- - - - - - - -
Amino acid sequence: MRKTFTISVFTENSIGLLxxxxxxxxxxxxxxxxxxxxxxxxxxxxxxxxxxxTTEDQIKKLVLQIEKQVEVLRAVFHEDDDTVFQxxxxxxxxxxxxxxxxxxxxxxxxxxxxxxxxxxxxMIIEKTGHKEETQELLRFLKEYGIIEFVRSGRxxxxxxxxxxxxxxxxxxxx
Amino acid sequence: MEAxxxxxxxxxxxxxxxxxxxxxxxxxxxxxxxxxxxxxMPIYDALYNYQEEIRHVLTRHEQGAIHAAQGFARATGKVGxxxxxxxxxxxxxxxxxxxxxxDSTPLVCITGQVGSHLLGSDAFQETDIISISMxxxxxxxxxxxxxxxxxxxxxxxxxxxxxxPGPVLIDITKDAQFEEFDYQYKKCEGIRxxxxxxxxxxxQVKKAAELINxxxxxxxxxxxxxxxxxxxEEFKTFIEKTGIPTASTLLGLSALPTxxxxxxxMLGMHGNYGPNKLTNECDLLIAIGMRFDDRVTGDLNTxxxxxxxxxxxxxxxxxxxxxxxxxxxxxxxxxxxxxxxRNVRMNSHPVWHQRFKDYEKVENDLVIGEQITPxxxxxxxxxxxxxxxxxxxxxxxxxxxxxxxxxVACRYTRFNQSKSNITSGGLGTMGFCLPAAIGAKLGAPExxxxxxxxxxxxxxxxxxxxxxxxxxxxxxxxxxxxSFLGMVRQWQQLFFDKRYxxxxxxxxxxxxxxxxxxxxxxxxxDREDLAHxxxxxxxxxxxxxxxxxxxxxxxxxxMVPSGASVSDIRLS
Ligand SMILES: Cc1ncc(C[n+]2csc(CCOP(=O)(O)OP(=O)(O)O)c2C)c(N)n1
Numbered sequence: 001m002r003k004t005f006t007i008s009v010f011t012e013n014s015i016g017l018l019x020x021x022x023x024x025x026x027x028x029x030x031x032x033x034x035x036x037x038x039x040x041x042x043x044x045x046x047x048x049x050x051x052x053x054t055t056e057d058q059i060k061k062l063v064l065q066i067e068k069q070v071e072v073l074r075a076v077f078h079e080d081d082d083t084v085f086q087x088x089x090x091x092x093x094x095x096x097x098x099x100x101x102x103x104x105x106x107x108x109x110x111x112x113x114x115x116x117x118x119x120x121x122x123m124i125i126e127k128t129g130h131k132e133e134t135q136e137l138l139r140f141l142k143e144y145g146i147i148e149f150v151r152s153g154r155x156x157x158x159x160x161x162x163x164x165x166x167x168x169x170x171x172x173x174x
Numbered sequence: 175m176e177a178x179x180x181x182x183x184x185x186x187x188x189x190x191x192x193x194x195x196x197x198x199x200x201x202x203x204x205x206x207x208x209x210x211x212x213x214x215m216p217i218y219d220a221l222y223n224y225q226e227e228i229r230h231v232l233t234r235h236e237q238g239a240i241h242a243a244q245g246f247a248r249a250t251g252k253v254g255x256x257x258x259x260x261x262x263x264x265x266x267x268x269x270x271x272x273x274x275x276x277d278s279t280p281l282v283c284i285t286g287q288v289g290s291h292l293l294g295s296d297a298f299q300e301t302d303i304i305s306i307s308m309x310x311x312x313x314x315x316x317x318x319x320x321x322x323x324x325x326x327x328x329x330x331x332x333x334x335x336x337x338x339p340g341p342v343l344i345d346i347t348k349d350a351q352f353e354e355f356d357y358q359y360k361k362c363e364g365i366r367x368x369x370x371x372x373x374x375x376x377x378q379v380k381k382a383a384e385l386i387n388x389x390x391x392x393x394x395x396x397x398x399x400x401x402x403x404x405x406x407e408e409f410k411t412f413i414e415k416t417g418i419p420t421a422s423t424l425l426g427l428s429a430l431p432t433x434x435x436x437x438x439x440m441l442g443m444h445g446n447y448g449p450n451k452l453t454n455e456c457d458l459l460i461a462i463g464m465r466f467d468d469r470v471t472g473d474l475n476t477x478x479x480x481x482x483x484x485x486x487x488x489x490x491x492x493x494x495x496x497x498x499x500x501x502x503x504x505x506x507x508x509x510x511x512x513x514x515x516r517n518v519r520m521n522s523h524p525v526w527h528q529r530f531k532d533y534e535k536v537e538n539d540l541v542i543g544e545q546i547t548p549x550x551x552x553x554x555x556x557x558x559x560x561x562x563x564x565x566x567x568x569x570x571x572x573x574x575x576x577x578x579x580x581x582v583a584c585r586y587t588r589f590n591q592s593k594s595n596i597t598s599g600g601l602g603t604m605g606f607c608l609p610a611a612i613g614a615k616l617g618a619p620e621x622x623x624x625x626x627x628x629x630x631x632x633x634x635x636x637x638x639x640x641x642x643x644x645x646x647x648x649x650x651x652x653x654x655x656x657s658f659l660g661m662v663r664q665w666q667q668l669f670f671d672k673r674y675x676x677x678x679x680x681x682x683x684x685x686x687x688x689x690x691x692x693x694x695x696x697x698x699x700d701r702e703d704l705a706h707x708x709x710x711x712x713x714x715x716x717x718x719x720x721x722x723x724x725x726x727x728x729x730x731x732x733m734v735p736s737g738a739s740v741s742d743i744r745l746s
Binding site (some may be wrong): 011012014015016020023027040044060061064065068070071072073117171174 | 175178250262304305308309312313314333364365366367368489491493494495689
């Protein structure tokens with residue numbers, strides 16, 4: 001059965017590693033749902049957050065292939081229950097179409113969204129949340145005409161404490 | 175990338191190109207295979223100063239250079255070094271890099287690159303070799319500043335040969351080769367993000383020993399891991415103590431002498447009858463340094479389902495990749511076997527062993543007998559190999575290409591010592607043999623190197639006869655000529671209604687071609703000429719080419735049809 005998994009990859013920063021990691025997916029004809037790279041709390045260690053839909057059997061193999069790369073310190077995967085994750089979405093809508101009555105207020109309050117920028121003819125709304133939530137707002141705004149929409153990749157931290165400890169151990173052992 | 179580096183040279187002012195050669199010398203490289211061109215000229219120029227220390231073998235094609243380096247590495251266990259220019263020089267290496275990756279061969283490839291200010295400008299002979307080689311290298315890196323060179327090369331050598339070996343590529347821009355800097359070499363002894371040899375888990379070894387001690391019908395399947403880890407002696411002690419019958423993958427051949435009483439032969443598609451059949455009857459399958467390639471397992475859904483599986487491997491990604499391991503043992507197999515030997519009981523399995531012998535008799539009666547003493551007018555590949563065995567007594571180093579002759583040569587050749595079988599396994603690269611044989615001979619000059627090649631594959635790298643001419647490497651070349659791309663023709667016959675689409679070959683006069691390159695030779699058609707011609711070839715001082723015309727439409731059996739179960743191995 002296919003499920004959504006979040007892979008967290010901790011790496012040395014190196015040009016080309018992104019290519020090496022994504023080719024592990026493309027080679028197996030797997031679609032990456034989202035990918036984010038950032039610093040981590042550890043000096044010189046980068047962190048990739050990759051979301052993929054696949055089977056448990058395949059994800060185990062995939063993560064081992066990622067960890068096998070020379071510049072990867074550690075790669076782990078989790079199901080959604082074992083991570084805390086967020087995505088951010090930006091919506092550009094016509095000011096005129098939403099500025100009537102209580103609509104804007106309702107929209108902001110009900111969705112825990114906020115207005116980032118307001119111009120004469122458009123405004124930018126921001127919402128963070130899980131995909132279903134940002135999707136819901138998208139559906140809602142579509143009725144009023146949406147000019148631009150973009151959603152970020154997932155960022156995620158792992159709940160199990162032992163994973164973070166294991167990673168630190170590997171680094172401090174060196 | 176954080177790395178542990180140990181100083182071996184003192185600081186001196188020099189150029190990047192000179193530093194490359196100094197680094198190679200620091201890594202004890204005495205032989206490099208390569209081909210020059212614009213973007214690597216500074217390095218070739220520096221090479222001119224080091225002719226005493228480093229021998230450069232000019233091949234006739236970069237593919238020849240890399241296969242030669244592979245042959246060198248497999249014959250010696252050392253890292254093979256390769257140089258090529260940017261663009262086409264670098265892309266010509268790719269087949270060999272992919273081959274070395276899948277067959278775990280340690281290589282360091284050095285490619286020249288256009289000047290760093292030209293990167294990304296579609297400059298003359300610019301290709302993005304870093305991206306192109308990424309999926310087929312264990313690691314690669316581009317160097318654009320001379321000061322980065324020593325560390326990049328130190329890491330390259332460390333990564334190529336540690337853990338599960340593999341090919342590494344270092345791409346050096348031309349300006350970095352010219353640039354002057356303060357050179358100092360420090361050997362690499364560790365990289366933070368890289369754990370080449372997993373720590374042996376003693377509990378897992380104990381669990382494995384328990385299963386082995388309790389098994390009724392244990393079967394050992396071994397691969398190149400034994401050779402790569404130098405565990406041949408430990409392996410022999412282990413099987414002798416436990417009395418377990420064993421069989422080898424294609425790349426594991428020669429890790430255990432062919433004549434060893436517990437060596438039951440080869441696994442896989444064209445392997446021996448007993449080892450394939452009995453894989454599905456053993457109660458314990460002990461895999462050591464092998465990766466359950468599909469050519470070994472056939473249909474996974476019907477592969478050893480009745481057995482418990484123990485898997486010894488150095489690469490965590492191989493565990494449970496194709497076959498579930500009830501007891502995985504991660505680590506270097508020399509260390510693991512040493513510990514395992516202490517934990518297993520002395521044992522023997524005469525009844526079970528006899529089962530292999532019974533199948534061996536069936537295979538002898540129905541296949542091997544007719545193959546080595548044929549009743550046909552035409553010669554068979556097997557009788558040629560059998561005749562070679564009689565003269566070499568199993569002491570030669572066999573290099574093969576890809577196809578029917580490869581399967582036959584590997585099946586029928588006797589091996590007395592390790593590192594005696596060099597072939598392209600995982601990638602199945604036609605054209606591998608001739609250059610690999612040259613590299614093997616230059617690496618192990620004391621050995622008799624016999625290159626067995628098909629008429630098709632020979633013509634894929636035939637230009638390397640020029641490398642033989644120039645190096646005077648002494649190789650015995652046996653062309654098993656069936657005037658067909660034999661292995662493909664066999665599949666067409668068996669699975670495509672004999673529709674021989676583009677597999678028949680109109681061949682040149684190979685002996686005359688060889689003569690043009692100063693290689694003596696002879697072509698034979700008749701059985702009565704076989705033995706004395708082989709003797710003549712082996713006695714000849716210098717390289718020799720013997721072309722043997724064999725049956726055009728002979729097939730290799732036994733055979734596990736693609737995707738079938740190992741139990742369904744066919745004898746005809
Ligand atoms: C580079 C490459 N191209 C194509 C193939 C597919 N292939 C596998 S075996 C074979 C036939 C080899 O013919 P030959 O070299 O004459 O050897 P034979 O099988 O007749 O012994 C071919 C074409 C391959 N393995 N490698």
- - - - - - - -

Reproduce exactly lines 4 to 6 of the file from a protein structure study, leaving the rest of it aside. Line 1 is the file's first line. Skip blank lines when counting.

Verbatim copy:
Numbered sequence: 001m002r003k004t005f006t007i008s009v010f011t012e013n014s015i016g017l018l019x020x021x022x023x024x025x026x027x028x029x030x031x032x033x034x035x036x037x038x039x040x041x042x043x044x045x046x047x048x049x050x051x052x053x054t055t056e057d058q059i060k061k062l063v064l065q066i067e068k069q070v071e072v073l074r075a076v077f078h079e080d081d082d083t084v085f086q087x088x089x090x091x092x093x094x095x096x097x098x099x100x101x102x103x104x105x106x107x108x109x110x111x112x113x114x115x116x117x118x119x120x121x122x123m124i125i126e127k128t129g130h131k132e133e134t135q136e137l138l139r140f141l142k143e144y145g146i147i148e149f150v151r152s153g154r155x156x157x158x159x160x161x162x163x164x165x166x167x168x169x170x171x172x173x174x
Numbered sequence: 175m176e177a178x179x180x181x182x183x184x185x186x187x188x189x190x191x192x193x194x195x196x197x198x199x200x201x202x203x204x205x206x207x208x209x210x211x212x213x214x215m216p217i218y219d220a221l222y223n224y225q226e227e228i229r230h231v232l233t234r235h236e237q238g239a240i241h242a243a244q245g246f247a248r249a250t251g252k253v254g255x256x257x258x259x260x261x262x263x264x265x266x267x268x269x270x271x272x273x274x275x276x277d278s279t280p281l282v283c284i285t286g287q288v289g290s291h292l293l294g295s296d297a298f299q300e301t302d303i304i305s306i307s308m309x310x311x312x313x314x315x316x317x318x319x320x321x322x323x324x325x326x327x328x329x330x331x332x333x334x335x336x337x338x339p340g341p342v343l344i345d346i347t348k349d350a351q352f353e354e355f356d357y358q359y360k361k362c363e364g365i366r367x368x369x370x371x372x373x374x375x376x377x378q379v380k381k382a383a384e385l386i387n388x389x390x391x392x393x394x395x396x397x398x399x400x401x402x403x404x405x406x407e408e409f410k411t412f413i414e415k416t417g418i419p420t421a422s423t424l425l426g427l428s429a430l431p432t433x434x435x436x437x438x439x440m441l442g443m444h445g446n447y448g449p450n451k452l453t454n455e456c457d458l459l460i461a462i463g464m465r466f467d468d469r470v471t472g473d474l475n476t477x478x479x480x481x482x483x484x485x486x487x488x489x490x491x492x493x494x495x496x497x498x499x500x501x502x503x504x505x506x507x508x509x510x511x512x513x514x515x516r517n518v519r520m521n522s523h524p525v526w527h528q529r530f531k532d533y534e535k536v537e538n539d540l541v542i543g544e545q546i547t548p549x550x551x552x553x554x555x556x557x558x559x560x561x562x563x564x565x566x567x568x569x570x571x572x573x574x575x576x577x578x579x580x581x582v583a584c585r586y587t588r589f590n591q592s593k594s595n596i597t598s599g600g601l602g603t604m605g606f607c608l609p610a611a612i613g614a615k616l617g618a619p620e621x622x623x624x625x626x627x628x629x630x631x632x633x634x635x636x637x638x639x640x641x642x643x644x645x646x647x648x649x650x651x652x653x654x655x656x657s658f659l660g661m662v663r664q665w666q667q668l669f670f671d672k673r674y675x676x677x678x679x680x681x682x683x684x685x686x687x688x689x690x691x692x693x694x695x696x697x698x699x700d701r702e703d704l705a706h707x708x709x710x711x712x713x714x715x716x717x718x719x720x721x722x723x724x725x726x727x728x729x730x731x732x733m734v735p736s737g738a739s740v741s742d743i744r745l746s
Binding site (some may be wrong): 011012014015016020023027040044060061064065068070071072073117171174 | 175178250262304305308309312313314333364365366367368489491493494495689